For buy-to-let landlords with smaller portfolios or those who will not be so badly affected by the new taxes, focusing on costs is a more sensible option. Options available include getting a lower mortgage rate. For example, a buy-to-let offset mortgage would help to cut costs if savings or rental income was put into the offset account, thereby reducing the monthly interest bill. However, in order for this to work, the landlord would need to be able to meet the criteria for buy-to-let offset mortgages, which being income dependent is not guaranteed.
Reducing the mortgage amount or raising rents to cover increased taxation are also options to be considered, though the latter will almost certainly be unpopular with tenants. 4
Does moving into a limited company structure make a difference? The pros and cons
As limited companies are not affected by changes, moving buy-to-lets into limited companies works well in some scenarios as it allows landlords to claim back expenses including the mortgage cost and pay a lower rate of corporation tax, currently 20 per cent but falling to 17 per cent by 2020. That being said, it also incurs a hefty stamp duty charge – as with everything, there are pros and cons to consider. 5 Let’s have a look at these in more detail:
There are a number of potential tax pitfalls that could erase any short-term savings:
- Capital Gains Tax. If you transfer a property to a company, then this will be treated as if you’ve sold the property to the company. If the property value has increased since its purchase then you are liable to pay up to 28% capital gains tax on the difference, subject to any tax reliefs and allowances
- Stamp Duty Land Tax. If the property is transferred from you to the company, then the company could become liable to pay stamp duty land tax. So while you may reduce your income tax liability, you may end up paying the same amount or more in stamp duty land tax
- Once transferred, the company, not you, owns the property. Should something happen to the company then all its assets including the property will be exposed
- If your company needs a mortgage to buy the property from you, in most cases the interest rate is higher for commercial or company mortgages than it is for individuals. This would mean that you end up paying a lot more over the full term of the mortgage
- If you sell the property then the company will pay Corporation Tax on the profits and the balance of the money from the sale will remain in the company. To gain access to the funds you’d need to take it out of the company either as salary or dividends or other means. You’d then pay additional tax on that income.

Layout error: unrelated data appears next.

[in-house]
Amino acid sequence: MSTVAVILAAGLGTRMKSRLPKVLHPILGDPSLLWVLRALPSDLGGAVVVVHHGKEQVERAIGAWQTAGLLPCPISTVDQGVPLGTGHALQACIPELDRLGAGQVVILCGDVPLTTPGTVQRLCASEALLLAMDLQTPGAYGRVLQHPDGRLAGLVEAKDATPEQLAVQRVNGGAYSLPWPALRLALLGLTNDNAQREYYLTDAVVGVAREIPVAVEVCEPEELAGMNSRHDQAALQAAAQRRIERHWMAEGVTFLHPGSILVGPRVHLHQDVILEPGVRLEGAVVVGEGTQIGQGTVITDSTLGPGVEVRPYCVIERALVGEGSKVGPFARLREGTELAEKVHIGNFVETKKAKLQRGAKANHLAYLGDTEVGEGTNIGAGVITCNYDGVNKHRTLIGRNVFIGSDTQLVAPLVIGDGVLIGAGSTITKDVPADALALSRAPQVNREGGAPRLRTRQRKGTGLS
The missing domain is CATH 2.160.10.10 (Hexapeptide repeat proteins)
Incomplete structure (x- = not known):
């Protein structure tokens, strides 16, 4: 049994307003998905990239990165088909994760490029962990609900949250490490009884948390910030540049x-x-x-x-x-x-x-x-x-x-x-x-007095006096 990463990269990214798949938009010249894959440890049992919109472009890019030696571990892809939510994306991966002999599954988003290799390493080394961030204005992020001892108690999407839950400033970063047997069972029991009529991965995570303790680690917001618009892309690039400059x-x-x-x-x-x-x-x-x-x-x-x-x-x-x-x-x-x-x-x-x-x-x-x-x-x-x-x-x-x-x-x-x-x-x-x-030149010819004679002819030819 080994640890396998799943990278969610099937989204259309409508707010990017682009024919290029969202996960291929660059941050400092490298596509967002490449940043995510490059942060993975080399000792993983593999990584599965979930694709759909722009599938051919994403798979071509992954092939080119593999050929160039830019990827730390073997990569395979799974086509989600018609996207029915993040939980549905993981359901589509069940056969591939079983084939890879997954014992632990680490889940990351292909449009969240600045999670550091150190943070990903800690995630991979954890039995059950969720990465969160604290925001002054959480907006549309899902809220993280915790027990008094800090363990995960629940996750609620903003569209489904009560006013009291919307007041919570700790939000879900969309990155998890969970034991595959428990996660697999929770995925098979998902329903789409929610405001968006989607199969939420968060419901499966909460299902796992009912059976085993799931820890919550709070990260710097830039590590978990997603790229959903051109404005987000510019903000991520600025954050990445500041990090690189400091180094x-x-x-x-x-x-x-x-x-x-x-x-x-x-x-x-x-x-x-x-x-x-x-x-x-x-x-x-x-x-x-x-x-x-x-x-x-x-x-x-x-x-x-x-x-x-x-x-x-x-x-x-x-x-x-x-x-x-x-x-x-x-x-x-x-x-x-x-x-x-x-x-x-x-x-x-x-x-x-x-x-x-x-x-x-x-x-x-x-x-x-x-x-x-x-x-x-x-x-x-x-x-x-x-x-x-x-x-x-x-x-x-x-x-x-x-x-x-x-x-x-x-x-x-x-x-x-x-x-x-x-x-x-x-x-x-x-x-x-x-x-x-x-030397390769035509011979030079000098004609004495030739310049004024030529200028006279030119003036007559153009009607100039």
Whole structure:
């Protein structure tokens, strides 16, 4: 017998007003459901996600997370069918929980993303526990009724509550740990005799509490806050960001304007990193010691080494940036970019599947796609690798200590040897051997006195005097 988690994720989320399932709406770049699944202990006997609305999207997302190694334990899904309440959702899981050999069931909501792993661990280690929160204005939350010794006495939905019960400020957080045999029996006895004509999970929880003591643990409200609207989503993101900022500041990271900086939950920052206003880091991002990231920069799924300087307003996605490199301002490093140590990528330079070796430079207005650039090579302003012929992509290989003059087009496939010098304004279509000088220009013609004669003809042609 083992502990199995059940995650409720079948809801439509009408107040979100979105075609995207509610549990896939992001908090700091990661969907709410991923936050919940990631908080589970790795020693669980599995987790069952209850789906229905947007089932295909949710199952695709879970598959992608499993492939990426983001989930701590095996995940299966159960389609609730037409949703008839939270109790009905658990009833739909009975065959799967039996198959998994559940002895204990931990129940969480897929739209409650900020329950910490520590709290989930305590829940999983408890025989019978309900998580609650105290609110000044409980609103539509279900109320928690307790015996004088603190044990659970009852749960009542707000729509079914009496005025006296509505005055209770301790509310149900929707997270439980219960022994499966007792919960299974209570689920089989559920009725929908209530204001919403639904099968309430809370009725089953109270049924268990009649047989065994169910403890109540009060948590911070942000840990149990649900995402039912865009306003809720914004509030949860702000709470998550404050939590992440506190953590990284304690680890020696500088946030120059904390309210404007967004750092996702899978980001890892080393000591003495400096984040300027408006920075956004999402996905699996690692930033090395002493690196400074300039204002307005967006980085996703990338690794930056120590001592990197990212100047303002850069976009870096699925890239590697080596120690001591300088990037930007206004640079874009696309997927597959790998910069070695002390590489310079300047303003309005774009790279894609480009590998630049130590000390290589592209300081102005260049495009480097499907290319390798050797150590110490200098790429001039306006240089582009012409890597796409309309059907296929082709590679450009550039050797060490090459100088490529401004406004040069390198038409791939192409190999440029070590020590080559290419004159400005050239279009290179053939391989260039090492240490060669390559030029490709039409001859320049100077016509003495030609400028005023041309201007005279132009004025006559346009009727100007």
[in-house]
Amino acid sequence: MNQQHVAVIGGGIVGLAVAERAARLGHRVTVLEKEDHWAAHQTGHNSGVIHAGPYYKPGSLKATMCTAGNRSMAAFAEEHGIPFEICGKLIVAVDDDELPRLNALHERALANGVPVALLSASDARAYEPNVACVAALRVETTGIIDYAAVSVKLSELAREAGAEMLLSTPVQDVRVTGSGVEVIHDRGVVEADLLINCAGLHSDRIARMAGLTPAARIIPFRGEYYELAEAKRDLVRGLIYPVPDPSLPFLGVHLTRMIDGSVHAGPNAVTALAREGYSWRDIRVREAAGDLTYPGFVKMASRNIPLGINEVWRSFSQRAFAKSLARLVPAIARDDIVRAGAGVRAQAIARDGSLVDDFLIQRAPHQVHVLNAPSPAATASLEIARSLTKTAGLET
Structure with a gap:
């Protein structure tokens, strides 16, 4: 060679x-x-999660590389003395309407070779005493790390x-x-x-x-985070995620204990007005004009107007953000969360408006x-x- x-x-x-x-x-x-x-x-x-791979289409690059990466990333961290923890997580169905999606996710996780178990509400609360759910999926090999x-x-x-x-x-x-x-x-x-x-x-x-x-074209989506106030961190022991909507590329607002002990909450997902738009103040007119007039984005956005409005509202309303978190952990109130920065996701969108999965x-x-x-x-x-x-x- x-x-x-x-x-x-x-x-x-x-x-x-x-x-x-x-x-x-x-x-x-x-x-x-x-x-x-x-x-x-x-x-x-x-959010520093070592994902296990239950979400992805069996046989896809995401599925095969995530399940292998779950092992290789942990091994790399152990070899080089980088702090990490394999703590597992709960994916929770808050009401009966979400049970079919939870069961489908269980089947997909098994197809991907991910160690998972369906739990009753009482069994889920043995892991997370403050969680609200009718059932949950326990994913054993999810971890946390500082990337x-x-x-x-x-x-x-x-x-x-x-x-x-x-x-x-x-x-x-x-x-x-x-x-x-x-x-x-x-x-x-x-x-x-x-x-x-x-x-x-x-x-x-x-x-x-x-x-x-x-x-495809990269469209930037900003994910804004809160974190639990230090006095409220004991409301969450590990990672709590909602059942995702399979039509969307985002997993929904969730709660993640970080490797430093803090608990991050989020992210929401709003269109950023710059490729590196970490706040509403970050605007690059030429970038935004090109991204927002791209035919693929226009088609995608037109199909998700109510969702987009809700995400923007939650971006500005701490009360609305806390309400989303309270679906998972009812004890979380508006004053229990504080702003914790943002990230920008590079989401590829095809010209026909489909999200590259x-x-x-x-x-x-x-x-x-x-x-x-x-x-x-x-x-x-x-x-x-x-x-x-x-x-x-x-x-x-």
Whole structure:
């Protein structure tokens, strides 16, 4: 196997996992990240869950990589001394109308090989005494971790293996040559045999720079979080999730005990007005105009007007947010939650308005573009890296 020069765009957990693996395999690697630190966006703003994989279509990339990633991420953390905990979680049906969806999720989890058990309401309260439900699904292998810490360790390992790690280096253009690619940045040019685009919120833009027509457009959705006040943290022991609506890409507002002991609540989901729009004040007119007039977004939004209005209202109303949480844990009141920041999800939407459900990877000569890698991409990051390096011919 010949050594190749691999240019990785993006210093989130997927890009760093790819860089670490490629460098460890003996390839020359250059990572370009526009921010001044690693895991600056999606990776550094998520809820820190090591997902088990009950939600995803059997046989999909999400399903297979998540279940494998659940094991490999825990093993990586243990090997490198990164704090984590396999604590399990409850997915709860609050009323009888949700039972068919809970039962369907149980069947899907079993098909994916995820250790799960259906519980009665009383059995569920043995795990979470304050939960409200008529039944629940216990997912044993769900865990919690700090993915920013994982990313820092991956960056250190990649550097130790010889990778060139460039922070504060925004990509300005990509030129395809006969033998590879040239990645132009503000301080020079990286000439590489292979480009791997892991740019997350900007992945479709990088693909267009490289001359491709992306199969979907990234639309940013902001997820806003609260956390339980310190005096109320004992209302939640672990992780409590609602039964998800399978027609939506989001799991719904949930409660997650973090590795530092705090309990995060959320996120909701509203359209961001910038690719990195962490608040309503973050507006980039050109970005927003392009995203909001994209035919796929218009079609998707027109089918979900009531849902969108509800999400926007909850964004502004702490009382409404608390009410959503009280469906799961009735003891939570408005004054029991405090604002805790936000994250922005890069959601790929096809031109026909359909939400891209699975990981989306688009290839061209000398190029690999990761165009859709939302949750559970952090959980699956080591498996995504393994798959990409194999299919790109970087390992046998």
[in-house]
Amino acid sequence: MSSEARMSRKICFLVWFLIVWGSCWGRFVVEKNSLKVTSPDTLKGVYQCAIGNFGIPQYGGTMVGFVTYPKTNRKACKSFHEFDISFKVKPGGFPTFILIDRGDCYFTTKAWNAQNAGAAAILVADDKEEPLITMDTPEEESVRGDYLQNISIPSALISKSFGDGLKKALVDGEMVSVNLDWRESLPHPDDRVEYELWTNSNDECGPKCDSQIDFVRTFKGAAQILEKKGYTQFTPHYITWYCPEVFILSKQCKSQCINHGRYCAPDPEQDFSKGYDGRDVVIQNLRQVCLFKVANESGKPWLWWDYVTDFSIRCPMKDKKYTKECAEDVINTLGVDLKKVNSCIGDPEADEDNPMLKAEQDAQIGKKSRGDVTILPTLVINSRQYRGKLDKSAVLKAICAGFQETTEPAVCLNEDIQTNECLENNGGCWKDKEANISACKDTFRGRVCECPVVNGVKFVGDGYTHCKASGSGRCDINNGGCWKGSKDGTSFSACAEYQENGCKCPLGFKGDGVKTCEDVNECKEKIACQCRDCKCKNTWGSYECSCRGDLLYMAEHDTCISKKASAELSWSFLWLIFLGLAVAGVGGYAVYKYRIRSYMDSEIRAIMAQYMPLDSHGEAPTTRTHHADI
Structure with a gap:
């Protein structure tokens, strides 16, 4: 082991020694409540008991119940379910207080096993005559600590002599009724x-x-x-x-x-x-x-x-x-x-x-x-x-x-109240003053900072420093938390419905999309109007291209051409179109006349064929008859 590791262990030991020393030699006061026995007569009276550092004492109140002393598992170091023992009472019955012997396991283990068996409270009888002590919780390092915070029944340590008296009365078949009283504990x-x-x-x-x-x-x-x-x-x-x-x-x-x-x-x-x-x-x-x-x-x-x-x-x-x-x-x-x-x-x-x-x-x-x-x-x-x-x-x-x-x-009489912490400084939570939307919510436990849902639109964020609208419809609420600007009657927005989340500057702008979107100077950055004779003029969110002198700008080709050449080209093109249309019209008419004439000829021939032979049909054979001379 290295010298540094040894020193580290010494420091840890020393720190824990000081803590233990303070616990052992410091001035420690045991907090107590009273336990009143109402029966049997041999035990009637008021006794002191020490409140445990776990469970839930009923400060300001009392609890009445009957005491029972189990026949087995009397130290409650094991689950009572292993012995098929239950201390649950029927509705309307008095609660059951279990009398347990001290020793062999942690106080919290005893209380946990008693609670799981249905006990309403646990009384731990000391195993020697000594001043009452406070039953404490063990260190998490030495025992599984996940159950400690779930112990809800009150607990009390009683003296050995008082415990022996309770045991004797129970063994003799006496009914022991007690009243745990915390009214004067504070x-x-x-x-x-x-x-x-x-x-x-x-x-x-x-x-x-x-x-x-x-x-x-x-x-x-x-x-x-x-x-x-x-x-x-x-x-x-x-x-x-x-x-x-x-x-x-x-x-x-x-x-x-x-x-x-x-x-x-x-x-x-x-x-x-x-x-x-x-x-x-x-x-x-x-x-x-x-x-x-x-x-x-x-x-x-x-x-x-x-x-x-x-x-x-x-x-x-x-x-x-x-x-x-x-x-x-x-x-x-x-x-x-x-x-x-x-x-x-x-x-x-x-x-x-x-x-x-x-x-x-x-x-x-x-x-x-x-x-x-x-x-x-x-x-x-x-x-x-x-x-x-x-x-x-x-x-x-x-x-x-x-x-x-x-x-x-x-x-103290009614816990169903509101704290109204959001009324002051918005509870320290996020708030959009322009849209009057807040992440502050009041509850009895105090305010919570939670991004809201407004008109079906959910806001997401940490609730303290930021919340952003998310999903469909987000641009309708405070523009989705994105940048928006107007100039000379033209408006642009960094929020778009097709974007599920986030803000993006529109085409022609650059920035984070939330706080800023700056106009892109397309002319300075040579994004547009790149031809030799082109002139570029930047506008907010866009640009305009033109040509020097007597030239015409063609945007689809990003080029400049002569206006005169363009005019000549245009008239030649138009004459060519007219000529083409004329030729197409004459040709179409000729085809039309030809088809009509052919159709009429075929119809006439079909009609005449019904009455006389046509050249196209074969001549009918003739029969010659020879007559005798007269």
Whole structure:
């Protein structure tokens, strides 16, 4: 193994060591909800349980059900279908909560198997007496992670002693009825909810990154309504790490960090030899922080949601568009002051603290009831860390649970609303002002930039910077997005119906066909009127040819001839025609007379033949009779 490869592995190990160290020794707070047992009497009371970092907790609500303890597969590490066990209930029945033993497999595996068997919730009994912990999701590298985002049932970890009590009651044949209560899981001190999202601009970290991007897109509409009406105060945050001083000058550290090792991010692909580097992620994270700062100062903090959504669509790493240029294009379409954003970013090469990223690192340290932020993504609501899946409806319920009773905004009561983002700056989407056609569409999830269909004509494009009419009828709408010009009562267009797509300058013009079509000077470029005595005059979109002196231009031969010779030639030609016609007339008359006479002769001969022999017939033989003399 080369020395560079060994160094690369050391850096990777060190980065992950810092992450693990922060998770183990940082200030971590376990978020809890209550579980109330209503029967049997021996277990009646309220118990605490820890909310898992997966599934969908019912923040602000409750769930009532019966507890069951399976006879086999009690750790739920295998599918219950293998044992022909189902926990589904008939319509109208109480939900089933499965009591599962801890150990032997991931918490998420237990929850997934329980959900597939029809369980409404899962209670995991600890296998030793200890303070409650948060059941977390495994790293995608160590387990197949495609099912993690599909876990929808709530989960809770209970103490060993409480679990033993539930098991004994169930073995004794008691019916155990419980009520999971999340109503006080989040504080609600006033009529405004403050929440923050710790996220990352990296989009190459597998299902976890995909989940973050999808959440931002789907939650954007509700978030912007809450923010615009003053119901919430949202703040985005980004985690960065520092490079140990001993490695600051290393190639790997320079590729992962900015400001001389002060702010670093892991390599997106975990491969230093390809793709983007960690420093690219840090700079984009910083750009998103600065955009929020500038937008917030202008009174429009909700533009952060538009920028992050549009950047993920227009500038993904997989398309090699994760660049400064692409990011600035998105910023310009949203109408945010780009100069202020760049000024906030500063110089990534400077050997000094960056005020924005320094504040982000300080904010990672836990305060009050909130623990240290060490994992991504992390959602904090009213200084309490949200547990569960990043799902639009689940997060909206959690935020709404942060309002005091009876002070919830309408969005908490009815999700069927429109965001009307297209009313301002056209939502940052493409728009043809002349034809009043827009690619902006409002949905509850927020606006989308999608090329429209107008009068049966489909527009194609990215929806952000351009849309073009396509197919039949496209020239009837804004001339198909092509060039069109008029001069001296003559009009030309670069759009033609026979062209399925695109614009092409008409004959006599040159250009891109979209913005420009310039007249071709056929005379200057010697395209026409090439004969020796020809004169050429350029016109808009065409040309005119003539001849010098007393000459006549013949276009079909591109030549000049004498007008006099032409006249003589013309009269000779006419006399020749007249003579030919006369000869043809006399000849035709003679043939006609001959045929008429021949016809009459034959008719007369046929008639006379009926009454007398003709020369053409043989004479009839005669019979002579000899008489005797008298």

When the above is considered it may seem that transferring buy-to-let properties into a limited company is not the best move. 2 However, there are some situations where transferring mitigates or removes some of the above and provides tangible benefits:
- If buying a new property then a limited company could be a good idea as this wouldn’t trigger the tax implications that transferring would
- If the buy-to-let is run through a partnership, then transferring into a limited company could reduce some of the tax burdens outlined above
- Landlords who want to leave their buy-to-let properties to their children could consider the pros and cons of a Family Investment Company as an alternative to a Trust.
As with everything, options need to be carefully considered. For the majority of small-scale property investors, higher interest rates mean that they remain better off operating on a direct or individual basis. However, there is a point when it will be cheaper to run as a company. According to Private Finance, that tipping point is four buy-to-let properties. A landlord renting out that number of properties at the UK average will then make £274 more than an individual counterpart. 5
Unfortunately, there is no silver bullet available to mitigate the tax increases that are being phased in. Caution, due diligence and sound advice to a particular situation currently seem to be the best route to take.
Always seek independent advice. This blog has not been approved as a financial promotion by Cogress Limited. We are not responsible for the content of external websites. Potential investors must rely on their own due diligence prior to investing.